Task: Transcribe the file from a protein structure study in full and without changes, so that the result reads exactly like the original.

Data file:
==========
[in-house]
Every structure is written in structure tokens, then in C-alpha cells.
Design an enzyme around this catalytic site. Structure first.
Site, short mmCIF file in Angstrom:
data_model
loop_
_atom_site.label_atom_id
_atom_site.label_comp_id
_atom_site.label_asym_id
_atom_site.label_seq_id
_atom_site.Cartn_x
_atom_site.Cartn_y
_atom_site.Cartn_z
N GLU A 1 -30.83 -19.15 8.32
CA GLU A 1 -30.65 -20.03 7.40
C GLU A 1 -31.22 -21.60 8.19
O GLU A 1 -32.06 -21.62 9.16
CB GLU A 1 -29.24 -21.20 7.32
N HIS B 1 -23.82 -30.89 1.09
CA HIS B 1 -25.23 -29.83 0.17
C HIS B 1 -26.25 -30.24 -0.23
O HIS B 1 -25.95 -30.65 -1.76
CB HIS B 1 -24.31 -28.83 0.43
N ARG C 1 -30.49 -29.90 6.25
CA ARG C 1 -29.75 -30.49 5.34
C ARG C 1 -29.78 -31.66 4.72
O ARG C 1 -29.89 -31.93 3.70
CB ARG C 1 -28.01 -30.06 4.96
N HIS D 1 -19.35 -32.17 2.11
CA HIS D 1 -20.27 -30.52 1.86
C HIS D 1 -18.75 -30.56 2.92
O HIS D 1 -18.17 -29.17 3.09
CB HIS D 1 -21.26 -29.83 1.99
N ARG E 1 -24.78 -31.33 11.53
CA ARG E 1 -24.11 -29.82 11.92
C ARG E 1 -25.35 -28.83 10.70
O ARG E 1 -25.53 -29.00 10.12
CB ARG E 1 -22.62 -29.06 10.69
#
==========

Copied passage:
[in-house]
Every structure is written in structure tokens, then in C-alpha cells.
Design an enzyme around this catalytic site. Structure first.
Site, short mmCIF file in Angstrom:
data_model
loop_
_atom_site.label_atom_id
_atom_site.label_comp_id
_atom_site.label_asym_id
_atom_site.label_seq_id
_atom_site.Cartn_x
_atom_site.Cartn_y
_atom_site.Cartn_z
N GLU A 1 -30.83 -19.15 8.32
CA GLU A 1 -30.65 -20.03 7.40
C GLU A 1 -31.22 -21.60 8.19
O GLU A 1 -32.06 -21.62 9.16
CB GLU A 1 -29.24 -21.20 7.32
N HIS B 1 -23.82 -30.89 1.09
CA HIS B 1 -25.23 -29.83 0.17
C HIS B 1 -26.25 -30.24 -0.23
O HIS B 1 -25.95 -30.65 -1.76
CB HIS B 1 -24.31 -28.83 0.43
N ARG C 1 -30.49 -29.90 6.25
CA ARG C 1 -29.75 -30.49 5.34
C ARG C 1 -29.78 -31.66 4.72
O ARG C 1 -29.89 -31.93 3.70
CB ARG C 1 -28.01 -30.06 4.96
N HIS D 1 -19.35 -32.17 2.11
CA HIS D 1 -20.27 -30.52 1.86
C HIS D 1 -18.75 -30.56 2.92
O HIS D 1 -18.17 -29.17 3.09
CB HIS D 1 -21.26 -29.83 1.99
N ARG E 1 -24.78 -31.33 11.53
CA ARG E 1 -24.11 -29.82 11.92
C ARG E 1 -25.35 -28.83 10.70
O ARG E 1 -25.53 -29.00 10.12
CB ARG E 1 -22.62 -29.06 10.69
#